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Looking for a Change? March 11th is “Change Day NZ”

Looking for a Change? March 11th is “Change Day NZ”

The Pure Healthcare Pledge: Our team at Pure Healthcare team pledges to create greater awareness regarding patient choice in healthcare delivery by providing ongoing public education about the range of alternative healthcare options available to patients to complement medical care. We further pledge to work cooperatively with medical and ancillary healthcare providers to integrate our services, and provide patient focused, outcome based, care and enhanced inter-professional communication. Please, join us as we partner with Change Day NZ to enhance your healthcare experience.

So, join us as we partner with Change Day NZ to enhance your healthcare experience.
We at Pure Healthcare we would love to see more people being empowered to have more input and choice in the type of healthcare that is available for a wide variety of health concerns, as well as for using “Wellbeing” care to prevent injury and illness in the first instance.  As such, we support enhancing healthcare delivery wherein patients have more choice in who they see.  There are a variety of reasons why someone might want to seek complementary care from an “alternative / natural” healthcare practitioner.  

It is interesting to note that the Ministerial Advisory Committee on Complementary and Alternative Health (MACCAH) has conducted a lengthy investigation into the role of Complementary Alternative Medicine (CAM) practices within healthcare services.  They note that… “When the New Zealand adults, who had visited a complementary or alternative practitioner, were asked about their reasons for doing so, 29.2% said that a friend or relative had referred them and 12.0% had been referred by their doctor. One in three of the adults (33.4%) that had visited a complementary and alternative health practitioner had also seen a general practitioner about the same condition (Provisional Results from 2002/03 New Zealand Health Survey)”.  So, this means that most people seeking CAM care are being referred by their friend and family, rather than their GP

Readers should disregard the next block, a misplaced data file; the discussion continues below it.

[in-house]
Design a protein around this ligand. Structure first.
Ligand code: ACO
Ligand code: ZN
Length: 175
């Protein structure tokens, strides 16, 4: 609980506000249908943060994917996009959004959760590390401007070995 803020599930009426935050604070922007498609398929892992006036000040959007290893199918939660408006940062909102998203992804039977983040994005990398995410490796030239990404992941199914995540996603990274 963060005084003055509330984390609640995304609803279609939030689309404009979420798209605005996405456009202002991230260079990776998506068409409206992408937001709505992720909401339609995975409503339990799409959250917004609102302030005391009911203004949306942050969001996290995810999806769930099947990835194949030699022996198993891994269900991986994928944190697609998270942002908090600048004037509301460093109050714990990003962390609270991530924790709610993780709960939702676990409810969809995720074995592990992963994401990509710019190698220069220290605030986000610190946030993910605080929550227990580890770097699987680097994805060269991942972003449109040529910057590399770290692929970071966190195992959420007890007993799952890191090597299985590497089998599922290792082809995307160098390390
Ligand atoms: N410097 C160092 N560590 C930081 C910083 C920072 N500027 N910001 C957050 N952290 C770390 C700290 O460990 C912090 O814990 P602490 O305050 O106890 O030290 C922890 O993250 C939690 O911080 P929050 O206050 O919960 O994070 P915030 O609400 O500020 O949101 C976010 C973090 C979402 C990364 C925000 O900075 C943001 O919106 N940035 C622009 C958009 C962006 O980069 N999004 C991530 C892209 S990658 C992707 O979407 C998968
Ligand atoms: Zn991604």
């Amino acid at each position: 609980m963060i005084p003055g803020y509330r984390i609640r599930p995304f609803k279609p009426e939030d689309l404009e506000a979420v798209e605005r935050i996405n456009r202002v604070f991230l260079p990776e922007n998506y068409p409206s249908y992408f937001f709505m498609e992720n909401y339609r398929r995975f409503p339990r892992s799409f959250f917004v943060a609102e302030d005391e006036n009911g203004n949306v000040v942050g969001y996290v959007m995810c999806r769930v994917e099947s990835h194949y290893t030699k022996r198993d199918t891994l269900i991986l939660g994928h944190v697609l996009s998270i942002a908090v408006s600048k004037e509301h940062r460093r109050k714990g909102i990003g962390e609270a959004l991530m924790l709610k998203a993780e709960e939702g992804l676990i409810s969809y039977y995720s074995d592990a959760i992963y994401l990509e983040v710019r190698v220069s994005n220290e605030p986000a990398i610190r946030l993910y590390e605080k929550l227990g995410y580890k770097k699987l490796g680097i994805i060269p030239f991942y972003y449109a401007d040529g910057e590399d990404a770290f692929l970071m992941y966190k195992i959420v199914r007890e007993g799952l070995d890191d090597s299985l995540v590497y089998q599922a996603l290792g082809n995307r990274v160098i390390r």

The MACCAH further indicated that “…where there is evidence of safety, efficacy and cost-effectiveness in contributing to the New Zealand Health Strategy, use of specific CAM modalities should be encouraged.”  Chiropractic was the first CAM discipline to be regulated in New Zealand in1982, followed by Osteopathy which is also now regulated. The professions of Acupuncture, Massage and Naturopathy are progressively working toward enhancing and documenting their standards and evidence.  In the USA, these CAM disciplines have been advancing steadily and are increasingly recognized as part of the normal delivery of healthcare.  

Currently, 25% of New Zealand adults visit a complementary or alternative health practitioner at least once a year (Provisional Results of the 2002/03 New Zealand Health Survey). Given that such a significant number of the population are using CAM,  the MACCAH considers an open attitude, and the availability of information for all health care practitioners (including biomedical and CAM) about a consumer’s other forms of treatment, will help identify and minimise the risks of undesirable interactions and prolonged use of ineffective forms of treatment.
The World Health Organization defines integrated care as: “A concept bringing together inputs, delivery, management and organisation of services related to diagnosis, treatment, care, rehabilitation and health promotion. Integration is a means to improve the service in relation to access, quality, user satisfaction and efficiency.”  

The New Zealand Health Strategy suggests that multifaceted approaches to the provision of prevention, treatment and relief are required to achieve population health goals. In addition, given New Zealand’s ageing population, it is likely that relief from the effects of illness, injury or disease, and from other forms of treatment, may become an increasingly important part of health care. For these reasons, MACCAH has considered whether integrating specified CAM practitioners with the biomedical health system will assist in meeting New Zealand’s health care needs and result in the better access of health care to all New Zealanders.

We at Pure Healthcare intend to be part of this movement, and is why we are supporting Change Day NZ in working toward enhancing healthcare delivery in New Zealand by pledging to provide education and access to the general public, and to healthcare practitioners, so as to help New Zealand’ers get and stay healthy.
Finally, Change Day NZ has a double meaning for us. We are participating in Change Day NZ by making our own pledge to improve Healthcare delivery in NZ – AND, we are changing the location of our Albany clinic in March. We are re-located to the Apollo Health and Wellness Centre.

Channel Magazine Issue 52